Two instances that were formative in the creation of SEELEDU and left lasting impressions on our founder Justine Ferland were examples of disconnections from our natural world. In one instance a friend argued that large scale industrial suppliers and package stores provide better products than sourcing from local farmers; and the other instance was working in an elementary school to learn that there were students who had never stepped foot in the forest. This school was located in the middle of a national park in Germany. The forest was quite literally all around us.



SEELEDU Explorers and psychological counseling: building a connection with nature


This process of losing a connection with nature began heavily around 150 years ago with the Industrial Revolution, which brought major technological and production advances. Our modern way of living is based upon the convenience and practicality initially developed during this time and further distances us from our role in nature. The health benefits of our time in nature are abound. The research is clear. Time spent in green and blue spaces helps us physically, emotionally, and mentally; however, we are less connected to nature than ever before.


Yet the power of connection is a skill like all others, one that you can train (like a muscle), cultivate and harness. At SEELEDU, we teach you how to connect with your body, mind, and soul both through and with nature. We are passionate about helping others lead full, happy lives with meaning and purpose. We teach you the power of connection and how to cultivate deeper connections within your own life.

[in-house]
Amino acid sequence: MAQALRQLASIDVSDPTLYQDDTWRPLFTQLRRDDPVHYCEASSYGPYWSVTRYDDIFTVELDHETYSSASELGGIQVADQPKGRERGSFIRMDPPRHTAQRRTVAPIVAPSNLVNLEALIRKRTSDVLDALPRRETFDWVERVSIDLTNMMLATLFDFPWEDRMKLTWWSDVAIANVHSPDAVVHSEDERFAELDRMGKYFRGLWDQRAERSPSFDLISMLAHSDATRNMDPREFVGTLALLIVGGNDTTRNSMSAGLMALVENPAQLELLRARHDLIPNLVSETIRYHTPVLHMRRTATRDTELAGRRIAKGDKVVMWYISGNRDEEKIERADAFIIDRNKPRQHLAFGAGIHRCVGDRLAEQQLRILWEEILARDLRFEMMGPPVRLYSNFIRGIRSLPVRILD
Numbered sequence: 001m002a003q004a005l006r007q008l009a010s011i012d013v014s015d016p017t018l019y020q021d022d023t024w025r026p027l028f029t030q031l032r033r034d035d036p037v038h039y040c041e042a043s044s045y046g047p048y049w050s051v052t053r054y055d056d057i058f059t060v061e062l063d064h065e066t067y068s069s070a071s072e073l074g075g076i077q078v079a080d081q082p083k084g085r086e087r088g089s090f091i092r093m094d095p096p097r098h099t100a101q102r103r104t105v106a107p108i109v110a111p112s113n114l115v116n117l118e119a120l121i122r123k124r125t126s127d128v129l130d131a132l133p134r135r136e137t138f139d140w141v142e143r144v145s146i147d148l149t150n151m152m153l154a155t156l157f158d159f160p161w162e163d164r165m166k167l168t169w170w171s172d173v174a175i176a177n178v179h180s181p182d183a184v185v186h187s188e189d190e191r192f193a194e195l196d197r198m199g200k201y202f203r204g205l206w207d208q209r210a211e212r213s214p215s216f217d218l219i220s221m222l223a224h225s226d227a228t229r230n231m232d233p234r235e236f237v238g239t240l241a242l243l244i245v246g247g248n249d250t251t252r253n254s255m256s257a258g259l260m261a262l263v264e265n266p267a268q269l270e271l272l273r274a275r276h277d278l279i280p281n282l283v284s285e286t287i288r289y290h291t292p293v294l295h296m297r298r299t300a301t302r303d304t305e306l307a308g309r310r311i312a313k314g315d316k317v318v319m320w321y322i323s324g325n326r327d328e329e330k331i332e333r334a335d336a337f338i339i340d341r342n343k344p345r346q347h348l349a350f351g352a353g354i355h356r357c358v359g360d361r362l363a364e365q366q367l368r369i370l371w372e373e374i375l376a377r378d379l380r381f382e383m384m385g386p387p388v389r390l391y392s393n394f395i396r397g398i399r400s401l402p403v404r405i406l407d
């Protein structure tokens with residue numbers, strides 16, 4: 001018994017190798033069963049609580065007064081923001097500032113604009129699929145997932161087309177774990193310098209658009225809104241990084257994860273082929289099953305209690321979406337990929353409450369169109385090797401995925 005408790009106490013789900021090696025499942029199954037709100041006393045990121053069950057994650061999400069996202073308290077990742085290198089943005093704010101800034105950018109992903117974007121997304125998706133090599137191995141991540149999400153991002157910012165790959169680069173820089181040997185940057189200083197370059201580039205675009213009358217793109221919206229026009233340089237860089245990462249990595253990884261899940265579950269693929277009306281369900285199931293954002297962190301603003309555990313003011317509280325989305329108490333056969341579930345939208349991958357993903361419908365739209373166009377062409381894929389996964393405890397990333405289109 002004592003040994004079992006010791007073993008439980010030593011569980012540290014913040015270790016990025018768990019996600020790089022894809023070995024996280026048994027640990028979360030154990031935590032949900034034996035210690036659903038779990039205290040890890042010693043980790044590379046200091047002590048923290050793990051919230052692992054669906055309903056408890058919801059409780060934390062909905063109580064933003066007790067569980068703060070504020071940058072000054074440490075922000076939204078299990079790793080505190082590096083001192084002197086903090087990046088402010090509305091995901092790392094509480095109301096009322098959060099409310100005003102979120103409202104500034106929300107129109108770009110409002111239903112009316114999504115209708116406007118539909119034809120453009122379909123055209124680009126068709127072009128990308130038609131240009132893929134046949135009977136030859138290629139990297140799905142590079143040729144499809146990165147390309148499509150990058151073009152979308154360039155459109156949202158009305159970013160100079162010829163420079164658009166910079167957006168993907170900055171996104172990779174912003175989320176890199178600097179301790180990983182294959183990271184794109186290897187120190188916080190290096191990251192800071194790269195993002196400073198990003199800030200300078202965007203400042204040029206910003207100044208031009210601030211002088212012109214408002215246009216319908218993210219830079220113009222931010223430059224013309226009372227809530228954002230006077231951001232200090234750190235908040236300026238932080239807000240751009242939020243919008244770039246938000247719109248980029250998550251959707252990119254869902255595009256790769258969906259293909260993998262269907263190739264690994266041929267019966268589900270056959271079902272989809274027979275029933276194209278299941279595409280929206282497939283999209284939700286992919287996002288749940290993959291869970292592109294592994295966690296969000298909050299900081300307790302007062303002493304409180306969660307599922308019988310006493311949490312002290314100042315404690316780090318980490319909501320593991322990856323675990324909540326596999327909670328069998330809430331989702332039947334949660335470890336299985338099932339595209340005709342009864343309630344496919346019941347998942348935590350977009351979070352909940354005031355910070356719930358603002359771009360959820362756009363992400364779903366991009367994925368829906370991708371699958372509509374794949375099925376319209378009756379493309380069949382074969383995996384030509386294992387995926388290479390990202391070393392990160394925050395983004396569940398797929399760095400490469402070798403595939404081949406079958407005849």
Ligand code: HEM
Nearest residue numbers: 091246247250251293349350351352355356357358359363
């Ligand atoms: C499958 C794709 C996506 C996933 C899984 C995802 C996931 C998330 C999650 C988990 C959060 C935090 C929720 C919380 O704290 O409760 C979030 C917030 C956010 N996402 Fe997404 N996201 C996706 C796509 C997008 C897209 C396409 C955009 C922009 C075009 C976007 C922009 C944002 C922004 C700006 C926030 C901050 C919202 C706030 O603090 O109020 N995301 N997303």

What can SEELEDU do for you?

SEELEDU is based in science and grounded in nature. Practicing in ecopsychology and recognizing the mutual compassion and nurturing ability between nature and humans, SEELEDU offers live and online programming, development and learning for holistic, whole-body well-being.


References


Cole S.W., Hawkley L.C., Arevalo J.M., Sung C.Y., Rose R.M., & Cacioppo J.T. (2007). Social regulation of gene expression in human leukocytes. Genome Biol.


Eisenberger, N. (2013). Social ties and health: a social neuroscience perspective. Curr Opin Neurobiol. 2013 Jun;23(3):407-13. doi: 10.1016/j.conb.2013.01.006. Epub 2013 Feb 8. PMID: 23395461; PMCID: PMC3664098.


Kaplan, S. (2020). Human connection bolsters the immune system. That’s why it’s more important than ever to be kind. The Washington Post.


Karmel, W.C., Stein M.B, Nishimi K., Ge T., Coleman, J., et al. (2020). An Exposure-Wide and Mendelian Randomization Approach to Identifying Modifiable Factors for the Prevention of Depression. American Journal of Psychiatry, DOI: 10.1176/appi.ajp.2020.19111158


Massachusetts General Hospital. (2020, August 14). Social connection is the strongest protective factor for depression. ScienceDaily. www.sciencedaily.com/releases/2020/08/200814131007.htm

Miller G, Chen E, Cole SW. (2009). Health psychology: Developing biologically plausible models linking the social world and physical health. Annu Rev Psychol.


Steakley, L. (2012). The scientific importance of social connections for your health. Scope Stanford Medicine. https://scopeblog.stanford.edu/2012/08/09/the-scientific-importance-of-social-connections-for-your-health/